Homeland Security:

Challenges Associated with Federal Protective Service's Contract Guards and Risk Assessments at Federal Facilities

GAO-14-128T: Published: Oct 30, 2013. Publicly Released: Oct 30, 2013.

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Mark L. Goldstein
(202) 512-2834


Office of Public Affairs
(202) 512-4800

What GAO Found

The Federal Protective Service (FPS) faces challenges ensuring that contract guards have been properly trained and certified before being deployed to federal facilities around the country. In a September 2013 report, GAO found that providing active-shooter-response and screener training is a challenge for FPS. For example, according to officials at five guard companies, their contract guards have not received training on how to respond during incidents involving an active-shooter. Without ensuring that all guards receive this training, FPS has limited assurance that its guards are prepared for such a threat. Similarly, officials from one of FPS's contract guard companies stated that 133 (about 38 percent) of its approximately 350 guards have never received screener training. As a result, those guards may be using x-ray and magnetometer equipment at federal facilities that they are not qualified to use, raising questions about their ability to properly screen access control points at federal facilities--one of their primary responsibilities. We were unable to determine the extent to which FPS's guards have received active-shooter-response and screener training. FPS agreed with GAO's 2013 recommendation that they take steps to identify guards that have not had required training and provide it to them. GAO also found that FPS continues to lack effective management controls to ensure its guards have met its training and certification requirements. For instance, although FPS agreed with GAO's 2010 and 2012 recommendations that it develop a comprehensive and reliable system for managing information on guards' training, certifications, and qualifications, it still does not have such a system. Additionally, 23 percent of the 276 guard files GAO examined (maintained by 11 of the 31 guard companies we interviewed) lacked required training and certification documentation. Examples of missing items include documentation of initial weapons and screener training and firearms qualifications.

GAO's preliminary results indicate that several agencies, including FPS, do not use a methodology to assess risk at their facilities that aligns with the Interagency Security Committee's (ISC) risk assessment standards. Risk assessments help decision-makers identify and evaluate security risks and implement protective measures to mitigate the risk. ISC's standards state that agencies' facility risk assessment methodologies must: 1) consider all of the undesirable events identified by ISC as possible risks to federal facilities, and 2) assess the threat, vulnerability, and consequence of specific undesirable events. Most commonly, agencies' methodologies that GAO reviewed are inconsistent with ISC's standards because they do not assess facilities' vulnerabilities to specific undesirable events. If an agency does not know its facilities' potential vulnerabilities to specific undesirable events, it cannot set priorities to mitigate these vulnerabilities. In addition, as GAO reported in August 2012, although federal agencies pay FPS millions of dollars to assess risk at their facilities, FPS's risk assessment tool is not consistent with ISC's risk assessment standards because it does not assess consequence (i.e., the level, duration, and nature of loss resulting from undesirable events). As a result, FPS and the other non-compliant agencies GAO reviewed may not have a complete understanding of the risks facing approximately 57,000 federal facilities located around the country (including the 9,600 protected by FPS).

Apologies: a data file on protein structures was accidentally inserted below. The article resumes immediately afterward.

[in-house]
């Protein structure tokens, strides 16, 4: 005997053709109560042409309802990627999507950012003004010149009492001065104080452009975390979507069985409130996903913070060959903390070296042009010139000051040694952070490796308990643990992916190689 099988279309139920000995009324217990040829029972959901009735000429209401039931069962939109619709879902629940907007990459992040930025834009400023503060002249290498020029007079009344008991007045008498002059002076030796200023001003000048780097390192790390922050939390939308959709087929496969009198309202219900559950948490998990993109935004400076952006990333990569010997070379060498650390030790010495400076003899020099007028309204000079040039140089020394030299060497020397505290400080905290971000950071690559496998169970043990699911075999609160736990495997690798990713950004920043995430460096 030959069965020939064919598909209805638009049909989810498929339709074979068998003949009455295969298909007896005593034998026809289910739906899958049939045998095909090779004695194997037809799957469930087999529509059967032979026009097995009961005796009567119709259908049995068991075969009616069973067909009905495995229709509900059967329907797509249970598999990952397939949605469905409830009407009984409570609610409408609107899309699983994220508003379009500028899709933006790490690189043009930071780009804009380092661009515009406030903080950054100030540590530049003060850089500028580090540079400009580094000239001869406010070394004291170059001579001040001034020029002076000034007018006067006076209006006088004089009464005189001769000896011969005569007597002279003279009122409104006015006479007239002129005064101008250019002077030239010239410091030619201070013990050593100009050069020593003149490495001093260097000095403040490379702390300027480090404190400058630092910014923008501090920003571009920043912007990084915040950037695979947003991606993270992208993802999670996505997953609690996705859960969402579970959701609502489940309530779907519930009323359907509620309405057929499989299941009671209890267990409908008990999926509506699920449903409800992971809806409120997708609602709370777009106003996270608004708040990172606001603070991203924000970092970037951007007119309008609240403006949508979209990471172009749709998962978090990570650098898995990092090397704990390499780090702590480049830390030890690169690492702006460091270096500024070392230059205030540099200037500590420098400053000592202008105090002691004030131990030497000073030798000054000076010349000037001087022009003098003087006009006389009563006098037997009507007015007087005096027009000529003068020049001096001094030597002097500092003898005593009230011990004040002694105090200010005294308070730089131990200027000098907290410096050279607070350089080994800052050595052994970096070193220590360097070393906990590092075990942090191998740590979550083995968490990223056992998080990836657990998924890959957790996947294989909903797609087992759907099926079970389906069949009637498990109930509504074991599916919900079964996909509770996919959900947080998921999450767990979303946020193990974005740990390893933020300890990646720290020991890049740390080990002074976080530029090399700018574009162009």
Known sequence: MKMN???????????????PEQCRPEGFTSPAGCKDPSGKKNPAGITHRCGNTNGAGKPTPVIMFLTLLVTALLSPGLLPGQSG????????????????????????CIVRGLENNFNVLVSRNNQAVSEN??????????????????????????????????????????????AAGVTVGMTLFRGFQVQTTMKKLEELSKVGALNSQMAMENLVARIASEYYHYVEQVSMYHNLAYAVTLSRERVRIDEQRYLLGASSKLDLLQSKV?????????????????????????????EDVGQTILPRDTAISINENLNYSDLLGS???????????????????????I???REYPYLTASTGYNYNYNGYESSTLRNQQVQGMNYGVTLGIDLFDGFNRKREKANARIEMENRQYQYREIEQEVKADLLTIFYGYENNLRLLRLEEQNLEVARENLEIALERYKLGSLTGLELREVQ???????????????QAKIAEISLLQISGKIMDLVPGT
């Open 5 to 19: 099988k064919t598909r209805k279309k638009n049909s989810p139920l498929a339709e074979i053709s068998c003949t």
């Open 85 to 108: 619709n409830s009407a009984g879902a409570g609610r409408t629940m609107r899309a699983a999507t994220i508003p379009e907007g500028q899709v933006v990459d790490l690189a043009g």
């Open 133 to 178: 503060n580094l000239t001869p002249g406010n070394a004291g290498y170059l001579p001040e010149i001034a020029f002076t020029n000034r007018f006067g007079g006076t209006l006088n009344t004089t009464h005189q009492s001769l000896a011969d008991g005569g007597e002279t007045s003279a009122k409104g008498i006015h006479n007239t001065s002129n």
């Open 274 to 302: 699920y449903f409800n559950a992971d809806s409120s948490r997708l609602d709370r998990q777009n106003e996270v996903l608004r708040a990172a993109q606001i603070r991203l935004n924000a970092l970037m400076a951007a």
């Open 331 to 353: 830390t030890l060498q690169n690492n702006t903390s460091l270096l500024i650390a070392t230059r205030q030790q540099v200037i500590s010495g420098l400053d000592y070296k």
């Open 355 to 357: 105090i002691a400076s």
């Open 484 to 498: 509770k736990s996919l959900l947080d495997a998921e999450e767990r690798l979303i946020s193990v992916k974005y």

Why GAO Did This Study

As part of the Department of Homeland Security (DHS), FPS is responsible for protecting federal employees and visitors in approximately 9,600 federal facilities under the control and custody of the General Services Administration (GSA). Recent incidents at federal facilities demonstrate their continued vulnerability to attacks or other acts of violence. To help accomplish its mission, FPS conducts facility risk assessments and provides oversight of approximately 13,500 contract security guards deployed to federal facilities.

This testimony is based on the results of our September 2013 report (released by the Subcommittee today), previous reports, and preliminary results of work GAO conducted for a report that GAO plans to issue to the Chairman later this year. GAO discusses (1) challenges FPS faces in ensuring contract security guards deployed to federal facilities are properly trained and certified and (2) the extent to which FPS and select federal agencies' facility risk assessment methodologies align with standards issued by the ISC. To perform this work, GAO reviewed FPS and guard company documentation and interviewed officials about oversight of guards. GAO also reviewed FPS's and eight federal agencies' risk assessment documentation and compared it to ISC's standards. These agencies were selected based on their missions and types of facilities.

What GAO Recommends

DHS and FPS agreed with GAO's recommendations in its September 2013 report.

For more information, contact Mark Goldstein, (202) 512-2834 or GoldsteinM@gao.gov

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